When I talk to people outside the medical profession, I often get asked, “so why are you becoming a nurse practitioner? Isn’t that a lot of school to essentially do the same thing you’re doing now?” I smile. I explain. I do my best to educate. But I still wince at that question because many, many people do not understand the difference between a nurse and a nurse practitioner. The tide is slowly moving in the right direction as nurse practitioners become more prevalent but there is still a huge knowledge gap in the public.
With my friends within the healthcare world, the questions are quite different. “Why did you decide to do FNP?” or “How much time do you really need to commit to school?” or “How in the world are you doing that school along with everything else in your life?” All valid questions based on real concerns. Deciding to become a nurse practitioner is a big career move requiring time, support, money and a huge portion of your sanity. This is part of my story along that journey.
Ever since I graduated from nursing school in 2009 I knew that I wanted to eventually get my master’s and become a nurse practitioner, even before I really knew what that entailed. To be honest, I didn’t have a whole lot of backing behind that desire other than I had always been a “school person” and wanted to say I had a master’s degree. At that time I was nearly as ignorant as most people on the street about the qualifications, the education, the job description. I think I even revealed my professional plans in my “welcome to the unit” profile at my first job (so naive, not the smartest move). I just though it sounded cool and made me look like I had ambitions.
The WHAT: After a few years in the ICU I started to get a handle on where I could go with my career. I could stay in my unit and pursue a management position. I could go to CRNA school and live in the OR. I could stay where I was at as a RN. I could become a nurse practitioner. And a few more options that I never seriously considered.
After ruling out all the other possibilities for one reason or another, I decided on nurse practitioner only to discover that, like nursing, the NP job description varies intensely from position to position and environment to environment. I could become an acute care NP and work nights in the ICU responsible for thirty very sick patients. I could move to a specified clinic like nephrology or neurology and work solely with those patients. I could transition to outpatient and pursue a career in something completely foreign like family practice. And that’s ironically what I chose.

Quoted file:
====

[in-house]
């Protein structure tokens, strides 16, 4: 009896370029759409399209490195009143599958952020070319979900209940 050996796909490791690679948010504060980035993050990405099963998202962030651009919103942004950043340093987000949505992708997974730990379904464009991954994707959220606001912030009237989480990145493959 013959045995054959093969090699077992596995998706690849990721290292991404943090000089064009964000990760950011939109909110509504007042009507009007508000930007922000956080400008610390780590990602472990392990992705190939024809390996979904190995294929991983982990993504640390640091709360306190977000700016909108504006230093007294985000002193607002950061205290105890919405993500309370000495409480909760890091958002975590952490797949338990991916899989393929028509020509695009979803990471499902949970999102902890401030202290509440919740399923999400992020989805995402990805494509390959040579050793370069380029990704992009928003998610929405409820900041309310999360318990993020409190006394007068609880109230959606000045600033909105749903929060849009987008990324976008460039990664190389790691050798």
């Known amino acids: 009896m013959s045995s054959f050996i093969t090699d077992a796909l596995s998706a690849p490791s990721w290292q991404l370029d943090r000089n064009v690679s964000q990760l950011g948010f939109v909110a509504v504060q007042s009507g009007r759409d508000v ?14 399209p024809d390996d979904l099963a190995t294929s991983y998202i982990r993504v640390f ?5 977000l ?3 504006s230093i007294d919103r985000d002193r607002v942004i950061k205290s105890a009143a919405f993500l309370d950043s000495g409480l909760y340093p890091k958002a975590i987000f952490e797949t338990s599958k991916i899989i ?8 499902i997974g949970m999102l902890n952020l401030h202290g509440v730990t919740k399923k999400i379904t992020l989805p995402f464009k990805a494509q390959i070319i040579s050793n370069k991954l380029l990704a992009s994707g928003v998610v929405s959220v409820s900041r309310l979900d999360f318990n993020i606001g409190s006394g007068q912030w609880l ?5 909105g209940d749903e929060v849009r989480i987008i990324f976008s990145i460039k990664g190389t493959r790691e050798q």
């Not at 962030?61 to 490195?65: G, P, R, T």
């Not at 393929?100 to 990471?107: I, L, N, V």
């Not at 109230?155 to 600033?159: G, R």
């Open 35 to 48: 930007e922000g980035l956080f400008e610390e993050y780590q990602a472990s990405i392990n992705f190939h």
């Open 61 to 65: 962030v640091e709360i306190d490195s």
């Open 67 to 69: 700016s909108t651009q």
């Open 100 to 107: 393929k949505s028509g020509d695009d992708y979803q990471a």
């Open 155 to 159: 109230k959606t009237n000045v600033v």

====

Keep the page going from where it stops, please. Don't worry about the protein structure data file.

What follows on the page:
The WHY: Why did I choose family nurse practitioner over the other varieties? The standard reasons are obvious: no holidays, more money, less time on my feet, more responsibility. I wanted a weekday schedule with no weekends and holidays. I have a young family and it’s difficult for me to spend twelve-hour shifts away from my baby plus I’m tired of fearing that I’ll have to work on Christmas. I was also weary working in a job that required so much physical exertion. Turning large male patients, standing on your feet for hours on end, and sometimes not being able to take a lunch break until 3pm are all taxing on your body. I know I just turned thirty, but I could see the future and it was full of back problems and tired feet. I didn’t want all that exertion for the rest of my professional career.
The most professionally motivating reason for my career change was that I wanted more responsibility for patient care. I had finally gotten to the point where I wanted to write the orders instead of take them and felt that I had enough experience to take that step. I had always been afraid of such great responsibility (and rightly so) but I had gained enough self-confidence to know that I could learn and practice and become a proficient, caring provider. And while it’s the least romantic of my motivations, a better salary was definitely on the list. Getting paid more money for less physical labor is always a good thing.
But the question of why I chose FNP over ACNP (acute care nurse practitioner) also puts me in a honest place because I’ll have to give you an honest answer. The most compelling reason, the one that comes from a deep place in my heart, is that I was tired of seeing the worse case scenario day after day. I was heartbroken from seeing family members weep and watching people kiss their loved ones goodbye. As much as I loved the intensity of the ICU setting- the adrenaline of codes and the significance of standing in the gap during those crucial moments- I wanted something different. I wanted to work normal hours and to treat happy kids sometimes and to forget that those terrible, horrible things happen everyday. To those of you who are in that setting as ACNP, I respect you more than you can know. You’re dealing with vast responsibilities and dying patients and desperate families. You’re in a different spot than me and it’s a good thing we’ve both found our individual callings.